DNA Mix Up Could Result in the Re-Opening of Other Criminal Cases

LAS VEGAS -- Some law experts say Metro's DNA mix up that sent an innocent man to prison is just the beginning of future legal battles.

The consequences could be big for the Clark County court system. One criminal defense lawyer told 8 News NOW that he fully expects defense lawyers to start requesting new DNA tests for their convicted clients. But District Attorney David Roger says it's not that simple.

"Everything that this man touched has to be re-examined," said John Momot, a criminal defense attorney. "It is going to be a flood gate of litigation regarding this because a lot of individuals who are incarcerated are going to say 'hey, look I want my DNA testing re-tested.'"

Momot says defense attorneys all over the valley will be waiting to see if forensic scientist Terry Cook ever handled their client's DNA. If so, it might be an opportunity to get those cases re-opened, especially cases where convictions were based solely on DNA evidence.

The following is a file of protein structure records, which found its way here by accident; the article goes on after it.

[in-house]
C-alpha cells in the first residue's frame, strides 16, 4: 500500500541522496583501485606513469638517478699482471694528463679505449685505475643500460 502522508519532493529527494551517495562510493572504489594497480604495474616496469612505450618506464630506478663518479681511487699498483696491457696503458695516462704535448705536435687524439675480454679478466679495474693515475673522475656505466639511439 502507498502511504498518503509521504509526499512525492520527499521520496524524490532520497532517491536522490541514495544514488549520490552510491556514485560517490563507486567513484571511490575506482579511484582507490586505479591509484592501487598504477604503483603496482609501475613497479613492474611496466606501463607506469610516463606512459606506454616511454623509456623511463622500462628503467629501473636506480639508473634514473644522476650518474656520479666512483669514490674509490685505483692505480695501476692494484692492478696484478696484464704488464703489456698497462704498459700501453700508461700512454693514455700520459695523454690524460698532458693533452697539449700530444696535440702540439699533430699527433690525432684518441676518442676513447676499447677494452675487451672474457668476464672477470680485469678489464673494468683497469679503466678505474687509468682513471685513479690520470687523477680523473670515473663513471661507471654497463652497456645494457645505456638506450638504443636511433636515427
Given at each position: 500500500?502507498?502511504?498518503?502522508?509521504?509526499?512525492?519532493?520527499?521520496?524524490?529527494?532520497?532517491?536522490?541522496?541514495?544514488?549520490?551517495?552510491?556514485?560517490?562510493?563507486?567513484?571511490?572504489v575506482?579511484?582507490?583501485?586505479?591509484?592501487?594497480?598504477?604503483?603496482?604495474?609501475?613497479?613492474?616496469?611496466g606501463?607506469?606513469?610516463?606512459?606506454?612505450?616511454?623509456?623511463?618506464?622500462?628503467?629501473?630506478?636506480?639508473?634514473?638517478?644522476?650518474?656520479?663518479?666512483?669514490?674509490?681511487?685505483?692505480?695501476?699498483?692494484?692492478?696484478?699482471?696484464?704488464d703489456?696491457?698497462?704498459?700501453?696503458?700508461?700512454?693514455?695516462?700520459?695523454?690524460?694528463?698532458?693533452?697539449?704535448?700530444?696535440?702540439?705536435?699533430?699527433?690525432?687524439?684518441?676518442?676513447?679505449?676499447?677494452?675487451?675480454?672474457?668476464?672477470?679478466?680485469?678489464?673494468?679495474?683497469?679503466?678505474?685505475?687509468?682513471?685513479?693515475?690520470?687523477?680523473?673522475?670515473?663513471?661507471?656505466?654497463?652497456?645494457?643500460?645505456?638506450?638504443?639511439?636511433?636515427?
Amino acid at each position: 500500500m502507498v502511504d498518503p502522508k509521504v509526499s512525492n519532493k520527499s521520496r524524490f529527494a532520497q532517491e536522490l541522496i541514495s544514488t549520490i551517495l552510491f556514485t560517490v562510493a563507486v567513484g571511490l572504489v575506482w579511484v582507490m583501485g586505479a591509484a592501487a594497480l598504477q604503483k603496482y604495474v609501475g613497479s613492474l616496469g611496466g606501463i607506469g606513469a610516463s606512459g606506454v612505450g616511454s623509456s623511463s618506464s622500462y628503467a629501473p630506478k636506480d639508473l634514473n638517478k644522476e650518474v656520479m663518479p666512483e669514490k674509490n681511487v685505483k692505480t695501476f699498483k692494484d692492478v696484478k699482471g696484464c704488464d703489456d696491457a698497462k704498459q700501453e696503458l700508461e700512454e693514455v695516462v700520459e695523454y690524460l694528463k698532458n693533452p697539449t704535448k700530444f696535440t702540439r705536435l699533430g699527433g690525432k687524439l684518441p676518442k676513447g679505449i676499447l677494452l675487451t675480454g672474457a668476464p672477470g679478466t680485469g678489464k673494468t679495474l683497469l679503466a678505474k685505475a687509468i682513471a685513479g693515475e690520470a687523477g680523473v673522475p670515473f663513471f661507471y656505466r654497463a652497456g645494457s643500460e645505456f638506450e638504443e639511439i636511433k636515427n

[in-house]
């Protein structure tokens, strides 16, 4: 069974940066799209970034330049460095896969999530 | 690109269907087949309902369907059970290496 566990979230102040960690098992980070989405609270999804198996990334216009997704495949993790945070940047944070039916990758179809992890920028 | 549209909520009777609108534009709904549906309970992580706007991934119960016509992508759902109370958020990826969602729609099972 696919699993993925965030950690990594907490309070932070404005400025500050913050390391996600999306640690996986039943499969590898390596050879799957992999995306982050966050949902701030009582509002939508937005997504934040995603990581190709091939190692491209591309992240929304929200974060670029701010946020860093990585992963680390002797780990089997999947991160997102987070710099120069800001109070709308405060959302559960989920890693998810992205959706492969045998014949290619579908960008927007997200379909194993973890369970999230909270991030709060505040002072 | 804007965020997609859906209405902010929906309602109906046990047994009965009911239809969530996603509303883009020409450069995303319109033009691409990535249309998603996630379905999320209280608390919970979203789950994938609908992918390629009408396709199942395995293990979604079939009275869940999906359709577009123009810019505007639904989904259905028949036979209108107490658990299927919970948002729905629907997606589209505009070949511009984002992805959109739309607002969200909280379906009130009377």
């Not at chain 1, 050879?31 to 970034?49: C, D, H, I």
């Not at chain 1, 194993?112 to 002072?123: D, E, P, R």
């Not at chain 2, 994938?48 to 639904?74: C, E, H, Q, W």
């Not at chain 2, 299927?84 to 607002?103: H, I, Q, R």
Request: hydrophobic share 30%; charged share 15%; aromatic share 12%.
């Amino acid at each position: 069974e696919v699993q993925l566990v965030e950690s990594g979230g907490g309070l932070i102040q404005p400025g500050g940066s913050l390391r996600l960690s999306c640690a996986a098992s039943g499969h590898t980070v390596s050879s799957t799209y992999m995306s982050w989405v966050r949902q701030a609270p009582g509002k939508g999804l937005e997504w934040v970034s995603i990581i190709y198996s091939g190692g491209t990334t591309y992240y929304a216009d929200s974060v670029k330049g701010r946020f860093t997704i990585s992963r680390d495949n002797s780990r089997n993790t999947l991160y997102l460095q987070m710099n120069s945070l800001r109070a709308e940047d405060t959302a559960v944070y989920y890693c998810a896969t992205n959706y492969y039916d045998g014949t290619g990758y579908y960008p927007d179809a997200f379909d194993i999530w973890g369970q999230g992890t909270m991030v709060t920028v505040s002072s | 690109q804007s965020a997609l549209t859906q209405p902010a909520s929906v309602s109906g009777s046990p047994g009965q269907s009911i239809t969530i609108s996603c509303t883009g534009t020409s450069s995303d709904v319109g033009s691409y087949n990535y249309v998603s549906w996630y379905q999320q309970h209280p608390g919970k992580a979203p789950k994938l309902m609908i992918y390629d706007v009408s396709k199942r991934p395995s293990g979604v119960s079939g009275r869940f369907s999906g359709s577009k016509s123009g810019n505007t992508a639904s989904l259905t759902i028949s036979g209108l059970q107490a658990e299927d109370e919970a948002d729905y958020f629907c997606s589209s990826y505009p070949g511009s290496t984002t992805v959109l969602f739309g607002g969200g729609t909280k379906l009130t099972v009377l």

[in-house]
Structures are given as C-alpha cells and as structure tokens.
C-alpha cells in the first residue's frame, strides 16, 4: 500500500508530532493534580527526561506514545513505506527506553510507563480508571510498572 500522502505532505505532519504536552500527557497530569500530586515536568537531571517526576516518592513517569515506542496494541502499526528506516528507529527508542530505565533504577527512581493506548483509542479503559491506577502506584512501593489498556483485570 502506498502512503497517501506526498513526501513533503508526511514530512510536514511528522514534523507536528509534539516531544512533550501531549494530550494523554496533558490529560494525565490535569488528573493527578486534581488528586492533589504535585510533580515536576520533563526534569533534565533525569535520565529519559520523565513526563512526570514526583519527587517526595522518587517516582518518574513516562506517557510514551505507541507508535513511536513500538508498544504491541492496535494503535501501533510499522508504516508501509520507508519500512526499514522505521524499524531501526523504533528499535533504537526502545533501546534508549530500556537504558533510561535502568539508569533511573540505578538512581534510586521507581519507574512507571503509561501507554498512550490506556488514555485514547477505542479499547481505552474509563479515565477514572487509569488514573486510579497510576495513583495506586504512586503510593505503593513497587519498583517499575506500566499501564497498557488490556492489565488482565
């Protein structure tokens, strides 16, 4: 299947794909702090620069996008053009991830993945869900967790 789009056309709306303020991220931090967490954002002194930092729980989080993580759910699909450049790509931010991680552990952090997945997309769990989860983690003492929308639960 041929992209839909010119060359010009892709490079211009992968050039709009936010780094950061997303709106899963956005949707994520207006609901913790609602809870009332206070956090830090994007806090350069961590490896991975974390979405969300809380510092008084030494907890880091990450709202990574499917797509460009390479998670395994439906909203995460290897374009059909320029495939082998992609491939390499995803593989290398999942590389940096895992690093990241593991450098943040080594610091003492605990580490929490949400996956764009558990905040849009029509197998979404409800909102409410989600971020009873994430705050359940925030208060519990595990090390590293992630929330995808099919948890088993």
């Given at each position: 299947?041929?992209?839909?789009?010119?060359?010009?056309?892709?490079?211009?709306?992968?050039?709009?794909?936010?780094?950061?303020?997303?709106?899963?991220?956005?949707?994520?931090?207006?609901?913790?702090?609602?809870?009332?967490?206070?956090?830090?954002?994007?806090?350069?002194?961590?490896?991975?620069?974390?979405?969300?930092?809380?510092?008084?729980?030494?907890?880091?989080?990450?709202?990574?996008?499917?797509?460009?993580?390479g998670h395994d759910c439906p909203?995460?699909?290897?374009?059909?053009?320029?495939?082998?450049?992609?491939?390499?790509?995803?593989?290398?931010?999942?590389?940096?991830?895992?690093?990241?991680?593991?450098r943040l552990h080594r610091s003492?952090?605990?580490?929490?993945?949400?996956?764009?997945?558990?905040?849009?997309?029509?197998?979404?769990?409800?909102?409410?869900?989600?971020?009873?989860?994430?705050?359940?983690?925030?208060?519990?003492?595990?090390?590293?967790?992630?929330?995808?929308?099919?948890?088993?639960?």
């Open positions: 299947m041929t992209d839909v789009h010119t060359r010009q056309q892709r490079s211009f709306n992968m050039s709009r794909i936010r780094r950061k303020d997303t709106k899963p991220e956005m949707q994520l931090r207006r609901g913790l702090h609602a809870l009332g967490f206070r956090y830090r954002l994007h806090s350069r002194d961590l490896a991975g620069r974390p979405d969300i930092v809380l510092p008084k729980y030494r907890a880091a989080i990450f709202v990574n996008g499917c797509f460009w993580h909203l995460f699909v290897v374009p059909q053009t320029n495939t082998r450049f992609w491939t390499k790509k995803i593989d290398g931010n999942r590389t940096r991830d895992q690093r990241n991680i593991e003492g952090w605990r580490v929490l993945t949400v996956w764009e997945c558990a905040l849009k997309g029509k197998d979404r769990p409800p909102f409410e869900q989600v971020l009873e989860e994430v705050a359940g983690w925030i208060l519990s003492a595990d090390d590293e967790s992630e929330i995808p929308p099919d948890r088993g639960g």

It's a reality District Attorney David Roger knows is coming.

"I was mortified when I learned that we had sent an innocent person to prison. No prosecutor ever wants to convict an innocent person and we did it in this case," said Roger.

He says, while they're focus right now is on the wrongfully accused man Dwayne Johnson, he fully expects defense attorneys to file motions for a new DNA tests on their clients.

"We will work with Metro and review their findings to make sure there aren't any other cases out there where people have been wronged and convicted and we'll work with them to make sure standards are in place to make sure this doesn't happen again," said Roger.

But Roger doesn't expect a flood gate of re-opened cases saying many of their cases don't rely solely on DNA evidence. But for those that do, Momot says convicted clients may get a second chance.

"You take out the DNA and what's the value of the case then? It changes substantially," he said.

From a criminal defense side, Momot says any DNA that this scientist signed off on could be called into question and could stretch back to the beginning of his career. As far as criminals getting out of jail due to this finding, Roger says they will have to review that on a case by case basis.


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